Entries in Riddle, Clive (271)


Top Eight Issues for 2008 (according to PwC)

By Clive Riddle

The other day I received my copy of the "Top Eight Health Industry Issues in 2008", billed as "The third annual summary of current health industry issues by PricewaterhouseCoopers' Health Research Institute."

You have to admire anyone who produces a list of top items that doesn't use the number ten. Here without further The PwC Health Research Institute list is based upon survey research, as opposed to pure thought leadership. Without further adieu, here's a summary of what they found is store for us, in terms of what we must address and that will impact us in 2008:

1) Significant changes in the way hospitals bill Medicare will create some winners and some losers.

2) Renewed focus is on the FDA’s drug safety initiatives.

3) A surge in the number of retail clinics will force states, payers, and policy makers to think about the right model for the delivery of primary care.

4) The market for individual health insurance could take off.

5) Retirees are playing a greater role in funding their healthcare coverage—whether they like it or not.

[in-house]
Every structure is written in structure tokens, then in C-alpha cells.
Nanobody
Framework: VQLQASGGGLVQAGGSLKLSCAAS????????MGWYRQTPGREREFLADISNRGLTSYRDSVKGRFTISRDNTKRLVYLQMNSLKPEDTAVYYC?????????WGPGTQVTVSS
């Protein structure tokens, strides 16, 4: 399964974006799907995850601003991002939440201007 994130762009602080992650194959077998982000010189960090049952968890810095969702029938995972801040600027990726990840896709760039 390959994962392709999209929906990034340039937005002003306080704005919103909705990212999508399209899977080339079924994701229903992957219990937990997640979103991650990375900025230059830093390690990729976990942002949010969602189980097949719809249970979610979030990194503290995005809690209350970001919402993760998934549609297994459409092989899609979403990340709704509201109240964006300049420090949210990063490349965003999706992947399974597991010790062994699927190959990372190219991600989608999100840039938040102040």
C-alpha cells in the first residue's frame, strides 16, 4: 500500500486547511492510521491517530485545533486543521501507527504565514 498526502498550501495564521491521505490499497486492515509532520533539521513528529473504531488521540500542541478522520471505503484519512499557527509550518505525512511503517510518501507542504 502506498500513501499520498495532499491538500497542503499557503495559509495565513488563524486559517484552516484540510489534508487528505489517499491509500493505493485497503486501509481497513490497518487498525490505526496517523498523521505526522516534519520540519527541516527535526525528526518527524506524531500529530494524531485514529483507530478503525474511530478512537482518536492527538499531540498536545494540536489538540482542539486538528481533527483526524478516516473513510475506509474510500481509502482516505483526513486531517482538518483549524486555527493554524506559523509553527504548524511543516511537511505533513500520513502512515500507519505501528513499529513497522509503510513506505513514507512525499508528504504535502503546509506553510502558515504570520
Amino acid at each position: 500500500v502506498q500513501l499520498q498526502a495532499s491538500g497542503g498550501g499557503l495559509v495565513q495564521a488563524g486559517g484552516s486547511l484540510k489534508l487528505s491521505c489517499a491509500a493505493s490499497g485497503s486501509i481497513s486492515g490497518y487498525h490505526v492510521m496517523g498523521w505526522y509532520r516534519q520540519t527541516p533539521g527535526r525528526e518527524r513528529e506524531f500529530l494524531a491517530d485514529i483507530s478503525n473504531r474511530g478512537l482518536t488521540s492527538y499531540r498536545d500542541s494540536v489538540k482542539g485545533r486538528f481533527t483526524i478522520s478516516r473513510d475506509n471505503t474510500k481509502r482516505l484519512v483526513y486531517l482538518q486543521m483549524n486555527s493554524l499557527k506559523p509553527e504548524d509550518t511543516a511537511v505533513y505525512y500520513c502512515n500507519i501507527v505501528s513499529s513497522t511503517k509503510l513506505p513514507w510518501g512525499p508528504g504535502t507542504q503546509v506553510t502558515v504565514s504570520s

6) Big pharmaceutical companies will keep buying and collaborating with life sciences companies to stock their pipelines

7) This year, hospitals publicly report their corporate responsibility.

8) Asia is poised to be the largest pharmaceutical consumer and pharmaceutical producer in the world.

Click here to download a copy of their eight page report. 

So what's on your top whatever list?


Benefits Cycle

Benefits Cycle

Mercer, the national human resources and benefits consulting firm, in their annual employer health plan sponsor survey findings, recently projected that the average total cost to renew health plans for 2008 with no changes would yield a 9% increase, but actual increases for 2008 are projected at 6.7% dues to changing plans, adding lower-cost options or by altering benefit design. (see “After a three-year lull, health benefit cost growth picks up a little speed in 2008”, Mercer Press Release, September 5 2007,